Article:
Title: Influence of Design and Construction Practices on Seismic Behavior of Reinforced Concrete Buildings
Author(s): Samir A. Ashour, Khalid Mahmood,and Amir, and Hamdy H. Abdel- Rahman
Publication: Symposium Paper
Appears on pages(s): 1001-1016
Keywords: columns (supports); compressive strength; concrete construction; detailing; earthquake-resistant structures; frames; reinforced concrete; residential buildings; standards; structural design; Design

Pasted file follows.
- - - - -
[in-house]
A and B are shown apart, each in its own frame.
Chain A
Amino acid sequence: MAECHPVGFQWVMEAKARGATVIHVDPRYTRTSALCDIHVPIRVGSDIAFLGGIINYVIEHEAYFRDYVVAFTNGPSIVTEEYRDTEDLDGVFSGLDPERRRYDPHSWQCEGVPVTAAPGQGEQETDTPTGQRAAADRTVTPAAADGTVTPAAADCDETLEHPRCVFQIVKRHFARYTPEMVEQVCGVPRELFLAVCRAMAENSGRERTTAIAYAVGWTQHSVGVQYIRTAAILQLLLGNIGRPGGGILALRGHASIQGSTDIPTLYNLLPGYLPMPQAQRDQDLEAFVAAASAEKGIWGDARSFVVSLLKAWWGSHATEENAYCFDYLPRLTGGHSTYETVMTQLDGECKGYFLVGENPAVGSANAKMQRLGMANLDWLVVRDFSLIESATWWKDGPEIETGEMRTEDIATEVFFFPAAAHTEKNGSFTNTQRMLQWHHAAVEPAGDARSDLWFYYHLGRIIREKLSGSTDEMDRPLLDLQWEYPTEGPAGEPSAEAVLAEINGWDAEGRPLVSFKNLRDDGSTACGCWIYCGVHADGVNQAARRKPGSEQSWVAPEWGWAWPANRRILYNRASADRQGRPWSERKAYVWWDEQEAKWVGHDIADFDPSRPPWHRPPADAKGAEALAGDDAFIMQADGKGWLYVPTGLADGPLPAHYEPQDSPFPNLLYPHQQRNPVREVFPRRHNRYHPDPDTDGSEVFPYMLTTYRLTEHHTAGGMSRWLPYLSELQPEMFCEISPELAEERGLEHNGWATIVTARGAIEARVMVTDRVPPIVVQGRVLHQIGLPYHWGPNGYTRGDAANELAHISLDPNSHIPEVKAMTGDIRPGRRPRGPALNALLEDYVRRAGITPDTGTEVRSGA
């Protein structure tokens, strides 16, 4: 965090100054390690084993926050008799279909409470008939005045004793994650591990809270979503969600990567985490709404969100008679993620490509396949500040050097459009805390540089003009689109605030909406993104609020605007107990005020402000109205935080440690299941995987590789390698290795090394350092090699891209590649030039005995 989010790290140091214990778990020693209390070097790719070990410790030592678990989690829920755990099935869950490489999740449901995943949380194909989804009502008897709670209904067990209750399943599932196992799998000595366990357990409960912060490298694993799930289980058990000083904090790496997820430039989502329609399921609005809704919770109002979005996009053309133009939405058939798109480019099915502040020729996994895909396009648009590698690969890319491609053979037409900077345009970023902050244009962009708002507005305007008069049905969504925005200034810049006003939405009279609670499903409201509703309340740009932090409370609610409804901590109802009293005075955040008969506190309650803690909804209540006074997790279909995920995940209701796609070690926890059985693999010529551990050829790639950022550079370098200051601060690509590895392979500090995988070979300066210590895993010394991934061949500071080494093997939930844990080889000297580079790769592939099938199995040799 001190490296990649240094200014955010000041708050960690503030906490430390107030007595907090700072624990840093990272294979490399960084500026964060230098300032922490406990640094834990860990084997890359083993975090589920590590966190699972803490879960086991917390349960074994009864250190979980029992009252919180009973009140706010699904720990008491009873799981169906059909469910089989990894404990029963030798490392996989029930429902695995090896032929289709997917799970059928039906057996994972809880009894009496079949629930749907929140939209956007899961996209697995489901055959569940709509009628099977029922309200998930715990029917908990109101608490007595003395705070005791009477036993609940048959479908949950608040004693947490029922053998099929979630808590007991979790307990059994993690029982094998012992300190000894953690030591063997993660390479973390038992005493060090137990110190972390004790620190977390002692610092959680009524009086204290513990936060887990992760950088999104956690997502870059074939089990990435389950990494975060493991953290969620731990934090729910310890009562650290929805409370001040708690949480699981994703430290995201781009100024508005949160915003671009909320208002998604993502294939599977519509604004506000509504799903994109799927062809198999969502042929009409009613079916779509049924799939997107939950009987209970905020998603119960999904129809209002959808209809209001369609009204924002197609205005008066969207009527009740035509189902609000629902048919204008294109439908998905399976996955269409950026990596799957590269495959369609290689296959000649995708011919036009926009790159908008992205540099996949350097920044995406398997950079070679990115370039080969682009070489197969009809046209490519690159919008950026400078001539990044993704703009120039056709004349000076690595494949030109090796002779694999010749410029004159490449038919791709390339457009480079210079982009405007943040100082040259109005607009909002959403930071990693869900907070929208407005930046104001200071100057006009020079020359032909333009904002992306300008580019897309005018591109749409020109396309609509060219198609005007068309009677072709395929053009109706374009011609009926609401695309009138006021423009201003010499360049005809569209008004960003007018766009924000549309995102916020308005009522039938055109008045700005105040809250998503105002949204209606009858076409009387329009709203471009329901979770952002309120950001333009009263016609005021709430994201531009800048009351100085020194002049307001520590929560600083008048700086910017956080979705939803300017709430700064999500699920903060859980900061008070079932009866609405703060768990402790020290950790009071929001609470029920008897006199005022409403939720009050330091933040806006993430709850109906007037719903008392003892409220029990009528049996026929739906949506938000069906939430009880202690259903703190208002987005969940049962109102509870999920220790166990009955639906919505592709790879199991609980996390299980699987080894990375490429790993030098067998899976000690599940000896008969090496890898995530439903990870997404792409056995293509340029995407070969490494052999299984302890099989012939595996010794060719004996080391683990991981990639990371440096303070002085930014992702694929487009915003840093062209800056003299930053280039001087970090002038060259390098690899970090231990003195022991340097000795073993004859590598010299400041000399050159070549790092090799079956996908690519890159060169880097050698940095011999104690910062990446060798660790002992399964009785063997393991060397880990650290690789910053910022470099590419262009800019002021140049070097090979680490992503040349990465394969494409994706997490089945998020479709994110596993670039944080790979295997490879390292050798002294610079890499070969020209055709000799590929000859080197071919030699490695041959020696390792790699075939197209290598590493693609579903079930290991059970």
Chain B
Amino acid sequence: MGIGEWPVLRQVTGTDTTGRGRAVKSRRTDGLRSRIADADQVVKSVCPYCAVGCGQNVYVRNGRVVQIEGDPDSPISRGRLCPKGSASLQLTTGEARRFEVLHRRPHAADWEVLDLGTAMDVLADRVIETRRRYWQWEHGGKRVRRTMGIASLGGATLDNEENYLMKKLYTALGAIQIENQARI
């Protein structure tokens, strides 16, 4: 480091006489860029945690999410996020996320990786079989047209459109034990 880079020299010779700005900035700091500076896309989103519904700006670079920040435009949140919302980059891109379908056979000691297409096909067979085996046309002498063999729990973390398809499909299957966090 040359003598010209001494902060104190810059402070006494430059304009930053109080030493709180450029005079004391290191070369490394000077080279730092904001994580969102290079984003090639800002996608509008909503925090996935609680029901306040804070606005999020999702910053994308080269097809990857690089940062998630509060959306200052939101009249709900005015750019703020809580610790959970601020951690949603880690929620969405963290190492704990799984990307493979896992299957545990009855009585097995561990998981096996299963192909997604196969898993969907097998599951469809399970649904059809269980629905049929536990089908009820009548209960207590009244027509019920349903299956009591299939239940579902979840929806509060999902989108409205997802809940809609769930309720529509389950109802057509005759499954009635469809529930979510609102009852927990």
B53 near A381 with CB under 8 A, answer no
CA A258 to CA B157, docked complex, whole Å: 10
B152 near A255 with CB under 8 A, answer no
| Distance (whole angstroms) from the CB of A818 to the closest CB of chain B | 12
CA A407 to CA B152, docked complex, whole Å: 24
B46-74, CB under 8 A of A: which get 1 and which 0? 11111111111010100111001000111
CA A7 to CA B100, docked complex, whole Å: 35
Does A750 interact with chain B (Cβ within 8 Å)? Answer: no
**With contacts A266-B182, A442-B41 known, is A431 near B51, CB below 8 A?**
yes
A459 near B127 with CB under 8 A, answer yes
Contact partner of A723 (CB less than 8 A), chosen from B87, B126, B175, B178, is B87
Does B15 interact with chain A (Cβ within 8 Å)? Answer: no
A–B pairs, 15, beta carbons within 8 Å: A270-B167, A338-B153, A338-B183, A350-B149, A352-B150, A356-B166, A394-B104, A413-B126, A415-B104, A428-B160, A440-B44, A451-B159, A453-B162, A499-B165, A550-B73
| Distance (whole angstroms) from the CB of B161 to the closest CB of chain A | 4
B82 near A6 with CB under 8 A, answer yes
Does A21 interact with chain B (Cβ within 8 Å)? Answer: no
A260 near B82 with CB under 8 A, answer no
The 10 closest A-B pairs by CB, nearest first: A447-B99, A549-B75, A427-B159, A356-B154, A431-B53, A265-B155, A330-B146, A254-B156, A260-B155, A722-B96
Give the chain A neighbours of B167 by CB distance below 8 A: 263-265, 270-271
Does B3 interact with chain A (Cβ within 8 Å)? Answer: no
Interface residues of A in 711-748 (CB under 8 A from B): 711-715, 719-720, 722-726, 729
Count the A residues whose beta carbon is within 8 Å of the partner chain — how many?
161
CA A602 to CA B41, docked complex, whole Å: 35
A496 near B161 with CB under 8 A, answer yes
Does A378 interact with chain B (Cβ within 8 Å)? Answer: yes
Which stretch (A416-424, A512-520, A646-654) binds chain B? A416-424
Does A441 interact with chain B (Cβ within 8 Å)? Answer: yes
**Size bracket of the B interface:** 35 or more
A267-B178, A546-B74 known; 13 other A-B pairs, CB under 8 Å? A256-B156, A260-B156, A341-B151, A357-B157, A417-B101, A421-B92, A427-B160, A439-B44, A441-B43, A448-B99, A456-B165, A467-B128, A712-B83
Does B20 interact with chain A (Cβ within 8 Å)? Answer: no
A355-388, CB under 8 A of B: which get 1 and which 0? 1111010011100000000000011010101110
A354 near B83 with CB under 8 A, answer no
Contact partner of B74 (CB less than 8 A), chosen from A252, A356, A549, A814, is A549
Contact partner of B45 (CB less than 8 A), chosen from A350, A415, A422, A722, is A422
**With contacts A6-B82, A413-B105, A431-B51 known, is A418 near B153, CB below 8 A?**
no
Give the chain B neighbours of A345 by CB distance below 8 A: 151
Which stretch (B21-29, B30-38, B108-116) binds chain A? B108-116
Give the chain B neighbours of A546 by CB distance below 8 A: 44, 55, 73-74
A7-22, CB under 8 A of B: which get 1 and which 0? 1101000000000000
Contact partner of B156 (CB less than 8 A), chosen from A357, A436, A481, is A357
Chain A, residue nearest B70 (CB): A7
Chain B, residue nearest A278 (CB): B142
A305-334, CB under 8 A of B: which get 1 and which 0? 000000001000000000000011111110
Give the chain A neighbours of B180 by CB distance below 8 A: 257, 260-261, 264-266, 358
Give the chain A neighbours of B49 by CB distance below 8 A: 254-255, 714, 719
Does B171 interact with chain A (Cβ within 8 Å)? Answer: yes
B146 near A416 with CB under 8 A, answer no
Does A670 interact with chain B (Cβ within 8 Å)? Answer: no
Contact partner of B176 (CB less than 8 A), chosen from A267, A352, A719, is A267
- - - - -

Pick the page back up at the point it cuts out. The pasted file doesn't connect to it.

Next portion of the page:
The quality of in situ concrete construction in developing countries is affected by a number of factors. These factors may include absence of national standards and codes of practice, use of approximate methods of analysis and design, substandard materials, poor construction practices, and inadequate quality control and inspection procedures. Defects and failures may occur due to these factors that may affect the useful life of a structure. This paper evaluates the seismic behavior of reinforced concrete buildings designed and constructed by following the usual procedures in Saudi Arabia. Behavior of typical reinforced concrete frames is investigated by using nonlinear time-history analysis and Takeda hysteresis model. The factors considered in the study include compressive strength of concrete, detailing of reinforcement, and size and orientation of columns in the frame. The results show that while the frames remained elastic when subjected to an earthquake of low intensity (0.09), they developed inelastic behavior exceeding the ductility capacity at some point when subjected to an earthquake of moderate intensity (0.24). It has been also found that the orientation of columns, particularly the interior ones, has a substantial effect on the building resistance to earthquakes. The compressive strength of concrete, through it has a crucial effect on the overall behavior and durability of a building, did not significantly affect the primary moment-curvature relationships of under-reinforced member sections considered in the study when its specified value was lowered by 20 percent. A critical study of reinforcement detailing shows clearly an urgent need for implementing a national code of practice for concrete buildings in Saudi Arabia.